Thursday, January 25, 2024

Three Tips for Choosing a Study Bible

Big Idea: Here are three tips to help you choose from the many Study Bibles available which help you understand the Bible better.

This series is about Bible study tools. There are many types of Bibles and helpful resources like a concordance or Bible dictionary. Information about their book and their electronic version are included. Cost and “how to use” will be addressed.

Three Tips for Choosing a Study Bible

A Study Bible may be the most important tool in your Bible tool box. It's a Bible, with notes and aids such as maps and charts to help you understand what you’re reading.

Here are three tips to help you choose one.

1. Choose a translation

Most study Bibles are offered in these versions. Read last week’s blog if you are unfamiliar with the differences and perspectives.

  • King James Version (KJV)
  • New American Standard Bible (NASB)
  • New International Version (NIV)
  • English Standard Version (ESV)
  • New Living Translation (NLT)
  • Christian Study Bible (CSB)

And many more.

2. Choose the features important to you

Study Bibles have most of these features in some way or another. Knowing this list will be helpful as you look over what is available to you.

Notes on important or difficult verses. The notes are usually following a line on the page, written at the bottom.

Introduction of each book of the Bible often including an outline.

Articles of people, places and topics important in the study of the Bible.

A concordance in the appendix. A concordance is an index of words used in the Bible, indicating where some key verses are found.

Timelines and contextual notes.

Charts such as the life of Moses, the reign of King David, the life of Christ.

Cross references to other verses related to other verses in the Bible.

Maps related to Bible times such as the Exodus, the 12 tribes of Israel, the missionary journeys of the Apostle Paul.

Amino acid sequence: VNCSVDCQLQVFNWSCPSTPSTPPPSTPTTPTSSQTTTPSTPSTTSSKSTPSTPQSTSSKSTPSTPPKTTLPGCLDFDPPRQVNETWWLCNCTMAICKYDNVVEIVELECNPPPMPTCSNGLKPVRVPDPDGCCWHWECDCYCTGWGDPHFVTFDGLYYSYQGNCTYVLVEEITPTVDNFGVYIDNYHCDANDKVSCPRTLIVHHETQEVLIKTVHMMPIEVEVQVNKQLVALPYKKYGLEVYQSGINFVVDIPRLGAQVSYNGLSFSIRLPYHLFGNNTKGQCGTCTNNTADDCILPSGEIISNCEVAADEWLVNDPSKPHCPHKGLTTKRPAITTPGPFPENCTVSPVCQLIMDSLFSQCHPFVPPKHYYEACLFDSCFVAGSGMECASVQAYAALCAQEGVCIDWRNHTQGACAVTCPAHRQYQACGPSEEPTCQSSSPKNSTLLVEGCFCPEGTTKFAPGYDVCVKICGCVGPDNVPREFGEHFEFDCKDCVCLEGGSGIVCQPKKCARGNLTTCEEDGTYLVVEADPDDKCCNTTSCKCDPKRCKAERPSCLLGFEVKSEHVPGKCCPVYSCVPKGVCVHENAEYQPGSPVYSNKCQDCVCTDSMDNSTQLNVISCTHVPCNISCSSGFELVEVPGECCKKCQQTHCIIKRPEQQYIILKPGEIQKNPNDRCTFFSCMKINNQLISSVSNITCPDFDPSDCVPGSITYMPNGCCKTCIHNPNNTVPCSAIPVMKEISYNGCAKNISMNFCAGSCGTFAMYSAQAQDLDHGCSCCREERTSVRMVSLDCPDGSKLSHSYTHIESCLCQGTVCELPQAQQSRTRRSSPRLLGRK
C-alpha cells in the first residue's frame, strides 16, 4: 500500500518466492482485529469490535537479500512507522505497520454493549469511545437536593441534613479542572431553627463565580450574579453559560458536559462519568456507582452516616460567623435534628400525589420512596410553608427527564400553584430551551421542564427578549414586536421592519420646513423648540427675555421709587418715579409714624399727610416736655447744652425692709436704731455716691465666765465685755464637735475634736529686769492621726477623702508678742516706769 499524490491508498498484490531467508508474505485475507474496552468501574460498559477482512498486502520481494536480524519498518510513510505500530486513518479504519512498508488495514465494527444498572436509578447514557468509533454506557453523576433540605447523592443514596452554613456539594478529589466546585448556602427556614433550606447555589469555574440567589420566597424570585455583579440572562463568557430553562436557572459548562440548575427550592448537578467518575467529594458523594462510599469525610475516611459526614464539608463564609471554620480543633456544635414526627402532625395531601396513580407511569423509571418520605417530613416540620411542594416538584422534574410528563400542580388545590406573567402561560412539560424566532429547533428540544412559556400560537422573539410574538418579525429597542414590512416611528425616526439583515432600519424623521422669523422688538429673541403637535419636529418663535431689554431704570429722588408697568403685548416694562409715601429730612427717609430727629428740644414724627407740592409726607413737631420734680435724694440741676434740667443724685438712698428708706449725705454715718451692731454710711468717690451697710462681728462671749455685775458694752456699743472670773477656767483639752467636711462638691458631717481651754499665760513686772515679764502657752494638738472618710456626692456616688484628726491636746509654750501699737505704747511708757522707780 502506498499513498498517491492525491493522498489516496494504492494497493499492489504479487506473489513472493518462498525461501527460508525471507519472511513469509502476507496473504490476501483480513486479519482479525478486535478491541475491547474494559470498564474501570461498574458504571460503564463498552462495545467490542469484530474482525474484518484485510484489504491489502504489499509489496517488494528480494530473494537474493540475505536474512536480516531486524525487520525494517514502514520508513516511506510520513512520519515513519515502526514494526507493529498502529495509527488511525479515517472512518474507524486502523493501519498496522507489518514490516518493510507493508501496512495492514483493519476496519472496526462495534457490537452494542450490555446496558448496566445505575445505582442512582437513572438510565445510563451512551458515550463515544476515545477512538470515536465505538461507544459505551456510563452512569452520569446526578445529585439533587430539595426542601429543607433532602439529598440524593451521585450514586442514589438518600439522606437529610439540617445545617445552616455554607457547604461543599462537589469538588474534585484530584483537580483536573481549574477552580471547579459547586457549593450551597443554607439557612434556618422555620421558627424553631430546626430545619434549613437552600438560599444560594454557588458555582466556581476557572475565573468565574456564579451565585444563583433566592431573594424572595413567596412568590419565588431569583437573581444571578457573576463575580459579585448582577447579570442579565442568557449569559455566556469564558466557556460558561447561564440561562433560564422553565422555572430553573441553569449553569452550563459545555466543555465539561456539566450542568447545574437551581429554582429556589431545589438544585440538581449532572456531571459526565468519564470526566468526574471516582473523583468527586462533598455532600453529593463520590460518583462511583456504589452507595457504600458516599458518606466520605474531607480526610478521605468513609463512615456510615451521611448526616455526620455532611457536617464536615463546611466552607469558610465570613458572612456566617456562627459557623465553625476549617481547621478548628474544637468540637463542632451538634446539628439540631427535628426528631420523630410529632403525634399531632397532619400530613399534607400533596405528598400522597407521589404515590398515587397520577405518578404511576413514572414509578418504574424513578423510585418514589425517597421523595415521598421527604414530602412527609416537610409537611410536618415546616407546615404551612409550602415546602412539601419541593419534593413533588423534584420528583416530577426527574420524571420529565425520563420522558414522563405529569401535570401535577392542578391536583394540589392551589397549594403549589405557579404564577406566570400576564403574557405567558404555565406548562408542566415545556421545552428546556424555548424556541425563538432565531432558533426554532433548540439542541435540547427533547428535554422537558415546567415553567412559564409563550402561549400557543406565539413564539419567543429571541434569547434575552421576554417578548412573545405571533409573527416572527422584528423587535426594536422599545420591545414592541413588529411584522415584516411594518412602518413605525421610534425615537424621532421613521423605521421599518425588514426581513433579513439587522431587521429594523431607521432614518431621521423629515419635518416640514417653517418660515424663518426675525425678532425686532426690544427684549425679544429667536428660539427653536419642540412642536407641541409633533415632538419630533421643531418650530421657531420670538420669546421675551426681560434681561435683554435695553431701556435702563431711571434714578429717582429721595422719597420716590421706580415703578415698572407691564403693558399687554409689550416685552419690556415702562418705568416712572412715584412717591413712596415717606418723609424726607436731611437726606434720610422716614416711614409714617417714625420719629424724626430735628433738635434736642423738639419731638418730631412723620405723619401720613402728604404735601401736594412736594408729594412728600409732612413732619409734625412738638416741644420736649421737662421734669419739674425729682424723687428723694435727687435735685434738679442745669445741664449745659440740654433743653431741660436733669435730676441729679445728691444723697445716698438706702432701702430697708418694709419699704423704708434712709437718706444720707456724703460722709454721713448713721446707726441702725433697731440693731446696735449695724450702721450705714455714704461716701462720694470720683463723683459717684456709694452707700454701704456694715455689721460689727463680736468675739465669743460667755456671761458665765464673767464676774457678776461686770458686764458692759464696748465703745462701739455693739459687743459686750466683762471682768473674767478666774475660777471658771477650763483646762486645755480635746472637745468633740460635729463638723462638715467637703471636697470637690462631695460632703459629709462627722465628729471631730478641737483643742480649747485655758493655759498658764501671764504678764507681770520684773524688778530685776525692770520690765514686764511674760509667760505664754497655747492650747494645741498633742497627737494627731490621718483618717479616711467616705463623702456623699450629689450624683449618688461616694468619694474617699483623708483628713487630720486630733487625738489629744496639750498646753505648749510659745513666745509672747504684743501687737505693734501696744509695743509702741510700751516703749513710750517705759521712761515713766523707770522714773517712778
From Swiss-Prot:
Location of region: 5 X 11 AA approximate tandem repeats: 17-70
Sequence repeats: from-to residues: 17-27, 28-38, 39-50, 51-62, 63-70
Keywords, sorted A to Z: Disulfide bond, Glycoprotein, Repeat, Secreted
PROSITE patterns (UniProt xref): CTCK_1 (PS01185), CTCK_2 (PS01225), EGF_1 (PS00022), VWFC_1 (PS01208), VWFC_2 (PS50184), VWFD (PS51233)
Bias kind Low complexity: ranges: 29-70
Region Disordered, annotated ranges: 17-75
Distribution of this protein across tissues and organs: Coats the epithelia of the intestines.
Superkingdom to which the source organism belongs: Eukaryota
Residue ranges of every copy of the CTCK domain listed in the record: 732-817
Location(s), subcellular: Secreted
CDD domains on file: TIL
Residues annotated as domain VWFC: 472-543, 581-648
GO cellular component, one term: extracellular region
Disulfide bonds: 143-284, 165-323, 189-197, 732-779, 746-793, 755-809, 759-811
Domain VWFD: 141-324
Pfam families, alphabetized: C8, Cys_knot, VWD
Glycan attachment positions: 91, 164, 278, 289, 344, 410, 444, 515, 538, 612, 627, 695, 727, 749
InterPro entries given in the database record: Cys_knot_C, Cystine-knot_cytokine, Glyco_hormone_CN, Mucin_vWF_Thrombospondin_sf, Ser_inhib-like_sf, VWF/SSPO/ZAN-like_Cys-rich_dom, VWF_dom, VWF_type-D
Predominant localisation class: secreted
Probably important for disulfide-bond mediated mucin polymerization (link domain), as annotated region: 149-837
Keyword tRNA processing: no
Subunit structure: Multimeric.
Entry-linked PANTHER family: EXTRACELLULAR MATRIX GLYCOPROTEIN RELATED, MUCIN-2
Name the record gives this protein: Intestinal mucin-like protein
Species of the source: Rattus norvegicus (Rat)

Some Study Bibles have other resources such as key word studies, or a topical index.

3. Consider between a general or specific focus

Because there are so many study Bibles, it helps to have an idea if you would like a more general study Bible or a particular focus.

General Study Bible. Since most translations want to give you the best translation of the Word of God for your use, they have created a study Bible with notes they deem very helpful. A couple of them are excellent.

Audience focus. Study Bible for Men. Study Bible for Women. Study Bible for teens. New Believers Study Bible. It would include notes, devotionals and a focus specifically to that demographic.

Theological or Scholar’s Perspective. A number of well known preachers have had their teaching notes and other tools they find helpful inserted into their Study Bible. Here are a couple of examples.

  • The Jeremiah Study Bible (David Jeremiah)
  • Charles F Stanley’s Life Principles Bible
  • The CSB Tony Evans Study Bible
  • The Fire Study Bible for Pentecostals
  • The Ryrie Study Bible (Charles Ryrie)

Thematic Study Bible. There are a number of Study Bibles associated with a theme that goes through the whole Bible. Some examples:

  • Archeology Study Bible
  • Complete Jewish Study BIble
  • Celebrate Recovery Study Bible

Study approach focused Study Bible. Some examples of this:

  • Kay Arthur’s Inductive Study Bible
  • Cultural Backgrounds Study Bible
  • Thompson Chain Reference Bible
  • Life Application Study Bible
An excellent in depth video from Jeffery Kranz on choosing a Study Bible.  He also has a helpful in-depth article about this. 

Electronic Study Bibles

From an electronic point of view, there are a couple places you can find a Study Bible online.

1. You can buy the kindle or electronic version of a Study Bible.

2. You can buy it through an app/website.

a. My husband and I share Tecarta app now called Life Bible where we have gotten several study Bibles for as little as $2.99 when they have a sale. We like to compare what different Bibles offer when we are studying a passage.

b. Logos Bible Study also has an electronic platform. It is free but buying various books to use can become expensive. Their Faithlife Study Bible, free on the platform, is excellent. 
c. has study Bible type intros with their NIV edition.


Cost of Bibles

Many study Bibles start around $20-40.  If you get a leather edition, which lasts for years and has good lay flat binding, could run you about $60-80.  However there are always Clearance Bibles (which are great by the way) at places like Christian Book Distributers and Lifeway, two big Christian book sellers. In fact CBD is having a winter Bible sale right now. 

I sometimes see study Bibles at a Thrift shop or library sale. 

Electronic versions are not much cheaper than the hard book cover Bible, which is your cheapest version.  
Tecarta, now Life Bible, has a sale a couple times a year when these electronic study Bibles are a couple dollars.  

The Bible is our bread of life. Dig in today!


Previous: The Quest for the Right Bible Translation
Up next: The Classic Halley’s Bible Handbook



1. Have you have a study Bible? Do you make use of the tools in it?

2. What do you think is the most helpful aid in a study Bible?  How does it help you in your walk with God?

No comments:

Post a Comment